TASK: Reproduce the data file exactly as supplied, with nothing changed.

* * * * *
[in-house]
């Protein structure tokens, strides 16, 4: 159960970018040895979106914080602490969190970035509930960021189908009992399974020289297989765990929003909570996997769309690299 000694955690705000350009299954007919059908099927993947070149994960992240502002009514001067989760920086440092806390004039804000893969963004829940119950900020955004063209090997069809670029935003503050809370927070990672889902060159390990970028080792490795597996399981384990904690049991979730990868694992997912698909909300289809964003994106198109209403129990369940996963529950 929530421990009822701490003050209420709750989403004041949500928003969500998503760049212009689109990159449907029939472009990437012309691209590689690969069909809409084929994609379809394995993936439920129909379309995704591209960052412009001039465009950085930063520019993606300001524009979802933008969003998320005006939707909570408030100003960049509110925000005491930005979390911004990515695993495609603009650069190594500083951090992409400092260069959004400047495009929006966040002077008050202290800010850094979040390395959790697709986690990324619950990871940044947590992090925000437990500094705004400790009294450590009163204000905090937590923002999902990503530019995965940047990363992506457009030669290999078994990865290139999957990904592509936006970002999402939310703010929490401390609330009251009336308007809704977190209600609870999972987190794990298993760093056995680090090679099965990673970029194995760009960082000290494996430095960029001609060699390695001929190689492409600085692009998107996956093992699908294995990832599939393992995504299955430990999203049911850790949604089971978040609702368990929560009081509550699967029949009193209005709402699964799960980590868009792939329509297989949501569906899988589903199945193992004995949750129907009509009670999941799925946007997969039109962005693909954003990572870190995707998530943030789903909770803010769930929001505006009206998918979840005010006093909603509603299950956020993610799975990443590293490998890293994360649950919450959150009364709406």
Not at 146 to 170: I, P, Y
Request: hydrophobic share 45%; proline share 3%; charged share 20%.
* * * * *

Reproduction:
[in-house]
């Protein structure tokens, strides 16, 4: 159960970018040895979106914080602490969190970035509930960021189908009992399974020289297989765990929003909570996997769309690299 000694955690705000350009299954007919059908099927993947070149994960992240502002009514001067989760920086440092806390004039804000893969963004829940119950900020955004063209090997069809670029935003503050809370927070990672889902060159390990970028080792490795597996399981384990904690049991979730990868694992997912698909909300289809964003994106198109209403129990369940996963529950 929530421990009822701490003050209420709750989403004041949500928003969500998503760049212009689109990159449907029939472009990437012309691209590689690969069909809409084929994609379809394995993936439920129909379309995704591209960052412009001039465009950085930063520019993606300001524009979802933008969003998320005006939707909570408030100003960049509110925000005491930005979390911004990515695993495609603009650069190594500083951090992409400092260069959004400047495009929006966040002077008050202290800010850094979040390395959790697709986690990324619950990871940044947590992090925000437990500094705004400790009294450590009163204000905090937590923002999902990503530019995965940047990363992506457009030669290999078994990865290139999957990904592509936006970002999402939310703010929490401390609330009251009336308007809704977190209600609870999972987190794990298993760093056995680090090679099965990673970029194995760009960082000290494996430095960029001609060699390695001929190689492409600085692009998107996956093992699908294995990832599939393992995504299955430990999203049911850790949604089971978040609702368990929560009081509550699967029949009193209005709402699964799960980590868009792939329509297989949501569906899988589903199945193992004995949750129907009509009670999941799925946007997969039109962005693909954003990572870190995707998530943030789903909770803010769930929001505006009206998918979840005010006093909603509603299950956020993610799975990443590293490998890293994360649950919450959150009364709406």
Not at 146 to 170: I, P, Y
Request: hydrophobic share 45%; proline share 3%; charged share 20%.